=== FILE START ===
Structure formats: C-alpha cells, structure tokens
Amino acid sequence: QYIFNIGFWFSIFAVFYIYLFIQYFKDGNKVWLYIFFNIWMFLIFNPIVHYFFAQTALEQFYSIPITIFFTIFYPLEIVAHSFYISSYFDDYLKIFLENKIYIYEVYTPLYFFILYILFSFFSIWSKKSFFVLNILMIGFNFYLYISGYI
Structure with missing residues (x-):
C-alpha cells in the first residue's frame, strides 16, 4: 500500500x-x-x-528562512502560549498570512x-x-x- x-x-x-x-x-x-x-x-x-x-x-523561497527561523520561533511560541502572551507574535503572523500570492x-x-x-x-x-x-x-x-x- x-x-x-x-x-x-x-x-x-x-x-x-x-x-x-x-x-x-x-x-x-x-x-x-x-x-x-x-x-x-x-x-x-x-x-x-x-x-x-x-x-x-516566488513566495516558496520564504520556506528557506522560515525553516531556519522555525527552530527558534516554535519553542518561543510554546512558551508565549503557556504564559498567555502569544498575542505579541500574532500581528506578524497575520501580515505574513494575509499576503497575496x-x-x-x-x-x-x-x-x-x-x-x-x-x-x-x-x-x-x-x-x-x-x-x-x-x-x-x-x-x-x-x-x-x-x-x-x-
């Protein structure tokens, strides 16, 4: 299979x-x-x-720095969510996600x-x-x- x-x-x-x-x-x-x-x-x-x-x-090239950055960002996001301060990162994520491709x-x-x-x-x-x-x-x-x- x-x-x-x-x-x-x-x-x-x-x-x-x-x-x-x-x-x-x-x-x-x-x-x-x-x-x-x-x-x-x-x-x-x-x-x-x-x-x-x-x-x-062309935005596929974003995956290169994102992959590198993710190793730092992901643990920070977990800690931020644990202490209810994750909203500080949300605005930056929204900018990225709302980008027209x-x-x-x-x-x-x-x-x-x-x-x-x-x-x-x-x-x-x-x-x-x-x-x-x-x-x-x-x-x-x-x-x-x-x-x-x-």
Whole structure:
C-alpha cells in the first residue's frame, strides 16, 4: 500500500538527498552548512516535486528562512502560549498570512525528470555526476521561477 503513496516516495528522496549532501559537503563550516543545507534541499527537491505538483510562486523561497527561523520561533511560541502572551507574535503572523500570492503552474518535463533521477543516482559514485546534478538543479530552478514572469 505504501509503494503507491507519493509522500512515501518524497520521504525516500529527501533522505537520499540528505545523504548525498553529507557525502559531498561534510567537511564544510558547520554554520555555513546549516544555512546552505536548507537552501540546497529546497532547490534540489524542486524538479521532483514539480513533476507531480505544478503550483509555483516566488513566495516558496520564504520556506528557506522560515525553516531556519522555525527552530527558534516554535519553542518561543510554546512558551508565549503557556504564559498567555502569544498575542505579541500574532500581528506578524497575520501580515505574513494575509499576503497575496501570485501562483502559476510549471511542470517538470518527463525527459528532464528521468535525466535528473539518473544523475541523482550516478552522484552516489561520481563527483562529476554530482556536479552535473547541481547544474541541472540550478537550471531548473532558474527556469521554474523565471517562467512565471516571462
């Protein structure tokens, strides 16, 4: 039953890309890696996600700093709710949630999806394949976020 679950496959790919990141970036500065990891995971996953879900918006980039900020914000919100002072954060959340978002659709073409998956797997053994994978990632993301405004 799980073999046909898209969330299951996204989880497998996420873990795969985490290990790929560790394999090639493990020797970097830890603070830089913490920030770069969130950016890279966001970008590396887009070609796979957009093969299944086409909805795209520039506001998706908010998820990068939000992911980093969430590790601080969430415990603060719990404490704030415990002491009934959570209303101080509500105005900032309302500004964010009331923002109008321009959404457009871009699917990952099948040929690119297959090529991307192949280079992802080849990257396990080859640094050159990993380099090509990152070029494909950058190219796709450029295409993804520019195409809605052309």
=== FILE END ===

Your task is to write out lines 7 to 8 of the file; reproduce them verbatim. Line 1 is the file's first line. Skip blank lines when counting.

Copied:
C-alpha cells in the first residue's frame, strides 16, 4: 500500500538527498552548512516535486528562512502560549498570512525528470555526476521561477 503513496516516495528522496549532501559537503563550516543545507534541499527537491505538483510562486523561497527561523520561533511560541502572551507574535503572523500570492503552474518535463533521477543516482559514485546534478538543479530552478514572469 505504501509503494503507491507519493509522500512515501518524497520521504525516500529527501533522505537520499540528505545523504548525498553529507557525502559531498561534510567537511564544510558547520554554520555555513546549516544555512546552505536548507537552501540546497529546497532547490534540489524542486524538479521532483514539480513533476507531480505544478503550483509555483516566488513566495516558496520564504520556506528557506522560515525553516531556519522555525527552530527558534516554535519553542518561543510554546512558551508565549503557556504564559498567555502569544498575542505579541500574532500581528506578524497575520501580515505574513494575509499576503497575496501570485501562483502559476510549471511542470517538470518527463525527459528532464528521468535525466535528473539518473544523475541523482550516478552522484552516489561520481563527483562529476554530482556536479552535473547541481547544474541541472540550478537550471531548473532558474527556469521554474523565471517562467512565471516571462
């Protein structure tokens, strides 16, 4: 039953890309890696996600700093709710949630999806394949976020 679950496959790919990141970036500065990891995971996953879900918006980039900020914000919100002072954060959340978002659709073409998956797997053994994978990632993301405004 799980073999046909898209969330299951996204989880497998996420873990795969985490290990790929560790394999090639493990020797970097830890603070830089913490920030770069969130950016890279966001970008590396887009070609796979957009093969299944086409909805795209520039506001998706908010998820990068939000992911980093969430590790601080969430415990603060719990404490704030415990002491009934959570209303101080509500105005900032309302500004964010009331923002109008321009959404457009871009699917990952099948040929690119297959090529991307192949280079992802080849990257396990080859640094050159990993380099090509990152070029494909950058190219796709450029295409993804520019195409809605052309």